آیا ارتقاء سرمایه اجتماعی ، خطر ابتلا به چاقی را کاهش می دهد ؟
|کد مقاله||سال انتشار||تعداد صفحات مقاله انگلیسی||ترجمه فارسی|
|4230||2011||10 صفحه PDF||سفارش دهید|
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Publisher : Elsevier - Science Direct (الزویر - ساینس دایرکت)
Journal : The Journal of Socio-Economics, Volume 40, Issue 3, May 2011, Pages 296–305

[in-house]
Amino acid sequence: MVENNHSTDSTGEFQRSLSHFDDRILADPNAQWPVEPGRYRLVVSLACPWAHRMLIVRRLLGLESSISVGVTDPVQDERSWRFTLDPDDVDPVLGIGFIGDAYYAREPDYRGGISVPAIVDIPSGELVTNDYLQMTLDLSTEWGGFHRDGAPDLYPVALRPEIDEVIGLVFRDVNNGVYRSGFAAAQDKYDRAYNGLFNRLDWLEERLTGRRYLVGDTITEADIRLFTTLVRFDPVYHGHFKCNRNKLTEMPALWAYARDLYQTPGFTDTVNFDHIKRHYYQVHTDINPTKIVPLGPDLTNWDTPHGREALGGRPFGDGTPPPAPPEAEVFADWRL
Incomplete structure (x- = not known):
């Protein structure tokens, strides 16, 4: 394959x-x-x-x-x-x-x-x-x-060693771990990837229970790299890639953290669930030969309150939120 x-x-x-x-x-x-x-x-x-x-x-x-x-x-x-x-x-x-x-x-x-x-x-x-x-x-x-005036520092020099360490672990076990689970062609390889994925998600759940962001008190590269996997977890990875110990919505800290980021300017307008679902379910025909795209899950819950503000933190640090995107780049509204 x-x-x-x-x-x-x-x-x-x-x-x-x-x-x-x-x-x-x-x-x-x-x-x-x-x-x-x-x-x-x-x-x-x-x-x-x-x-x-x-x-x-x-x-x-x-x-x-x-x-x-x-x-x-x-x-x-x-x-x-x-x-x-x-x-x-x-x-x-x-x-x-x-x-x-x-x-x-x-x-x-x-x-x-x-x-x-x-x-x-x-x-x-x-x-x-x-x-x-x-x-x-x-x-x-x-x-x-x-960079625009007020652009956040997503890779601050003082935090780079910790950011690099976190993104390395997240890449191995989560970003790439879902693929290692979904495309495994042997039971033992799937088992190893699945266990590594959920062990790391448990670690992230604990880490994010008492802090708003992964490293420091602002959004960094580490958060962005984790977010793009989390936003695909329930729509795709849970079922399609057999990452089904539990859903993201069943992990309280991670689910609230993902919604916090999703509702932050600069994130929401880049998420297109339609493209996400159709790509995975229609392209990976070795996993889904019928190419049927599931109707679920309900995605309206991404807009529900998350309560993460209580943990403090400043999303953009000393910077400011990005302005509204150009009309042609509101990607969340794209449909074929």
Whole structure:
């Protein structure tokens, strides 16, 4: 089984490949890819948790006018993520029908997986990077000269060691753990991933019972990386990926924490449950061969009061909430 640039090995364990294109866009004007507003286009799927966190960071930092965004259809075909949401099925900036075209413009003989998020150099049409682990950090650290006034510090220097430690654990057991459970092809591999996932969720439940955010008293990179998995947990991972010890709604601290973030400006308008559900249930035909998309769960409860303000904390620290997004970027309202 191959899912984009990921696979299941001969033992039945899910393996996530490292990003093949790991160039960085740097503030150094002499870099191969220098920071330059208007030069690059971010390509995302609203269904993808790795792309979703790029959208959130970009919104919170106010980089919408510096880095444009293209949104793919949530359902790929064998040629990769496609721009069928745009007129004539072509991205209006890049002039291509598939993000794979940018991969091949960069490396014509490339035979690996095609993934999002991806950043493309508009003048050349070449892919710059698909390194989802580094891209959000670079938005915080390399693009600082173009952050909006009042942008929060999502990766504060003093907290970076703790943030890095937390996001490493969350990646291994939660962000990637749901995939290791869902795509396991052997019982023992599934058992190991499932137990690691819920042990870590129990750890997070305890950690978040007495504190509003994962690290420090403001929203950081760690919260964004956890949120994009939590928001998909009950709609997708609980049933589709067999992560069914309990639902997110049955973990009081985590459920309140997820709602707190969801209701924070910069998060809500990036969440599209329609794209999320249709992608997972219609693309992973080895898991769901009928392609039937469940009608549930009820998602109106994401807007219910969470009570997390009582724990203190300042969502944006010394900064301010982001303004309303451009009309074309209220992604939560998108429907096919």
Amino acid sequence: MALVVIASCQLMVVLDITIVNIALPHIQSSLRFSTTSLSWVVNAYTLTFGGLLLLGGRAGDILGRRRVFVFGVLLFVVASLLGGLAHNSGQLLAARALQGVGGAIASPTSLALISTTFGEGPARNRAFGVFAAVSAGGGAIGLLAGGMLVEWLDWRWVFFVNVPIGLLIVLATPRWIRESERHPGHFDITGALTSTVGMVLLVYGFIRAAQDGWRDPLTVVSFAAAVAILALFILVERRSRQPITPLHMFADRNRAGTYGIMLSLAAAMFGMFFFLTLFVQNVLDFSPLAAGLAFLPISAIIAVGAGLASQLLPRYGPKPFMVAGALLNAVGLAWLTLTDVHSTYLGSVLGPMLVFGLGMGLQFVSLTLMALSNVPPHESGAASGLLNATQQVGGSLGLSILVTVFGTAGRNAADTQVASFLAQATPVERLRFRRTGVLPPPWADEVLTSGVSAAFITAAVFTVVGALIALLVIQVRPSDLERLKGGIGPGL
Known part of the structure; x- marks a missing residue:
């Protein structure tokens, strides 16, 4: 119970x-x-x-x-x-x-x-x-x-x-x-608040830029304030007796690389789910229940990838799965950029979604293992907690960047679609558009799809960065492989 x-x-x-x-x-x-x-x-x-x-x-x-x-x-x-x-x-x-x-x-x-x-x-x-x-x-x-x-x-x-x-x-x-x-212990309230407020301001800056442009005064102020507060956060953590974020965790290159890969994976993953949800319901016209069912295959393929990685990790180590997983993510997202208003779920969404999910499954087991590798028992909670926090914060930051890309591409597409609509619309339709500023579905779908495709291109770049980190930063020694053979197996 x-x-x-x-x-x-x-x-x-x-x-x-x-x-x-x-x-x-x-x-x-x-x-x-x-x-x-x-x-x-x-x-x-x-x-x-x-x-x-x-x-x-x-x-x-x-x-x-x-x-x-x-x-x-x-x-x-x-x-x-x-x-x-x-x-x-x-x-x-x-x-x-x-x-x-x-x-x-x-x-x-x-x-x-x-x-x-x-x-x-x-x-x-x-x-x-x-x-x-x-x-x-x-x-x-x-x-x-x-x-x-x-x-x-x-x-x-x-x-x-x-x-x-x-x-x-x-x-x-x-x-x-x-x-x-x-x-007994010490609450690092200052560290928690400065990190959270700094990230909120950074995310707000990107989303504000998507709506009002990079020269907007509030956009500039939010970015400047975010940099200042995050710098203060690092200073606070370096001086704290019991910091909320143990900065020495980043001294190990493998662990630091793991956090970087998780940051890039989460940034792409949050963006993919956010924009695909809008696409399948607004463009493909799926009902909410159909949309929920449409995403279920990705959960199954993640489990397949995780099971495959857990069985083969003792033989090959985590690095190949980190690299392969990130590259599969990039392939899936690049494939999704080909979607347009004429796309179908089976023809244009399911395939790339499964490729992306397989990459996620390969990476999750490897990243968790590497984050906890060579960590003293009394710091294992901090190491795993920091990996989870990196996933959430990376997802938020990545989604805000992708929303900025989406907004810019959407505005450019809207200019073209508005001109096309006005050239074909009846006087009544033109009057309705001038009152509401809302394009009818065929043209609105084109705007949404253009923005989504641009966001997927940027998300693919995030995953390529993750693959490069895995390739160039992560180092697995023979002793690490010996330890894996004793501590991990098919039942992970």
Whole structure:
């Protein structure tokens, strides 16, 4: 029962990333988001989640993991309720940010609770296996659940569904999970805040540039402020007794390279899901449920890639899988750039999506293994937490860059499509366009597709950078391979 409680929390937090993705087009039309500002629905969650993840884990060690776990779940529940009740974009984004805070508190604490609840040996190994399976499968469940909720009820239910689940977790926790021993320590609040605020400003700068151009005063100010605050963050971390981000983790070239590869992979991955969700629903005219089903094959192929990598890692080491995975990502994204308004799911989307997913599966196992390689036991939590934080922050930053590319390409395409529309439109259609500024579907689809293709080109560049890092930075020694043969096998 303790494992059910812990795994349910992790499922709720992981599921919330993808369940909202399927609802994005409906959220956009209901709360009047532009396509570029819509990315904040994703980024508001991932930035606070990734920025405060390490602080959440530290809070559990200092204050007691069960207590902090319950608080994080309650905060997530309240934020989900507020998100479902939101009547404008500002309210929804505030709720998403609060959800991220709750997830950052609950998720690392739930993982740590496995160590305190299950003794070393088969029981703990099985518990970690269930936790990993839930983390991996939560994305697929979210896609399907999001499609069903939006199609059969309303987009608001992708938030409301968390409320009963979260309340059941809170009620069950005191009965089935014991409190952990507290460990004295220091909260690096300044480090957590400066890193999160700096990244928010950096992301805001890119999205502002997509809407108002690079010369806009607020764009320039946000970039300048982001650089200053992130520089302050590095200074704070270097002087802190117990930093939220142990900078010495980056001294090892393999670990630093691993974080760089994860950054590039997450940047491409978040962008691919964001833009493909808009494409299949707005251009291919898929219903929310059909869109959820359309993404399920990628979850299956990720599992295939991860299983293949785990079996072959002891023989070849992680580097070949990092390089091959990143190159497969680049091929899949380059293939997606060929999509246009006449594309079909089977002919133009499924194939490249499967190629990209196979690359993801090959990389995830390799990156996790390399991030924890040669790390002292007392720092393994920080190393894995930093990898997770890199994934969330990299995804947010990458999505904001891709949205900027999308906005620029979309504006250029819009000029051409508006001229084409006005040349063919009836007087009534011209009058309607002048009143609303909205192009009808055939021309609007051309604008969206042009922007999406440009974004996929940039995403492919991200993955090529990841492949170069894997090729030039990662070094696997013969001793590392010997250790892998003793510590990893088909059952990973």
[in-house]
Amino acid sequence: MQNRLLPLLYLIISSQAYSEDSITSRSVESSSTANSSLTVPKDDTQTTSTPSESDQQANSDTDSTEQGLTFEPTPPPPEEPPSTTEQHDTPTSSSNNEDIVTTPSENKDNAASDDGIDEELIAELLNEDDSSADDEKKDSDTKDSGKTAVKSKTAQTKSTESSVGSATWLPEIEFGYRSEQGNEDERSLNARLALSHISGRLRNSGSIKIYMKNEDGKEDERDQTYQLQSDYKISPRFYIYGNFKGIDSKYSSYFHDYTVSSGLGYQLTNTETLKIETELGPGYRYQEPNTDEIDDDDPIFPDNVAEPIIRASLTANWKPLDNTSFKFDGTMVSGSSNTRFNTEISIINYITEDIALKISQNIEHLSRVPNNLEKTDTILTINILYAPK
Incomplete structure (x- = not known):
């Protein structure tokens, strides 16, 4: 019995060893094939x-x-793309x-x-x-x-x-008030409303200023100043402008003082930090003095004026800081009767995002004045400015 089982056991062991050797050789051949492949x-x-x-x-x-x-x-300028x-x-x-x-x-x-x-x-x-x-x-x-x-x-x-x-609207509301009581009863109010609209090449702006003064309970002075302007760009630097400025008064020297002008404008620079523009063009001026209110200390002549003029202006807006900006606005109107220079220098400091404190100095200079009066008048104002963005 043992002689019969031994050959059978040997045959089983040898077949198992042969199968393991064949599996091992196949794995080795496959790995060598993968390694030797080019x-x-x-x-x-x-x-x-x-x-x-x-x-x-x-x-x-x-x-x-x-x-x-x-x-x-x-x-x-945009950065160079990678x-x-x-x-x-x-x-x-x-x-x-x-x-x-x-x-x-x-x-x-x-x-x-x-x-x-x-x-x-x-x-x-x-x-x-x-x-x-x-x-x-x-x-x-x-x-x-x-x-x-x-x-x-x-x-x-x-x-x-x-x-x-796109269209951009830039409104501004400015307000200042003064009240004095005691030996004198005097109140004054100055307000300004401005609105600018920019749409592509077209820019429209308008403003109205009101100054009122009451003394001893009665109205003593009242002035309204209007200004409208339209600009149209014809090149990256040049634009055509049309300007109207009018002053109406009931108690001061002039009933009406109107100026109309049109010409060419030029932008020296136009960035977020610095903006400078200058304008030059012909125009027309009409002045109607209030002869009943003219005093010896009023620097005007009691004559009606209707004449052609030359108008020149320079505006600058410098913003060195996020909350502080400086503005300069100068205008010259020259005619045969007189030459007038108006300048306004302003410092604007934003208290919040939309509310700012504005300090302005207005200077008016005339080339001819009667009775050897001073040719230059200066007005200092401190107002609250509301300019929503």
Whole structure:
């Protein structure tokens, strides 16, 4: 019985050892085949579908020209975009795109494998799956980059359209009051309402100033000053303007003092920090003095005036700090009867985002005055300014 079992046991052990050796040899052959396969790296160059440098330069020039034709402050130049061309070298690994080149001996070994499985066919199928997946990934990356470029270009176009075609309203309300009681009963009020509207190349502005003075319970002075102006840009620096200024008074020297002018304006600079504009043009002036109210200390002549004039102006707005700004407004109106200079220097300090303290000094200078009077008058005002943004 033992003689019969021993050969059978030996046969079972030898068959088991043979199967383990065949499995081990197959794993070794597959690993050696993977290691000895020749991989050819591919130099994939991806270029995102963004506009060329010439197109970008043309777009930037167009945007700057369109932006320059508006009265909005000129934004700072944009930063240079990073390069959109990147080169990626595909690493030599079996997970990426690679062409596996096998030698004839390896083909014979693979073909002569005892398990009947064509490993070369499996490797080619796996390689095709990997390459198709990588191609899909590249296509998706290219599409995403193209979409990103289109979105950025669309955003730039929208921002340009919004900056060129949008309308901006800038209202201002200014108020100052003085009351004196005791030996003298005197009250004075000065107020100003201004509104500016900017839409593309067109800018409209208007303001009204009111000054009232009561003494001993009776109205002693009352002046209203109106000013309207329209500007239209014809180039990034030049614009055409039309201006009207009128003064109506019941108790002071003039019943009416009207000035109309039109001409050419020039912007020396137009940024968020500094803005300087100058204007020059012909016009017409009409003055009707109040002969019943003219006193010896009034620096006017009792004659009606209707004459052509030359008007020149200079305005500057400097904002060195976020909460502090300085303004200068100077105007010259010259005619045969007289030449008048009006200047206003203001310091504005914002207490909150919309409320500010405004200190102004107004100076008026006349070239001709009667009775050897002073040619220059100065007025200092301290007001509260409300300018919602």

We explore whether higher levels of community social capital reduce the likelihood of being obese in the U.S. adult population. We also examine whether this relationship may differ by levels of schooling. Data come from the 2001 to 2005 Behavioral Risk Factor Surveillance System for all 50 U.S. states and the District of Columbia, and are augmented with a validated measure of community social capital, the Petris Social Capital Index. We find that greater community social capital reduces adult obesity risk, and has a larger effect on persons with more schooling. Social capital affects obesity through the promotion of weight-control efforts.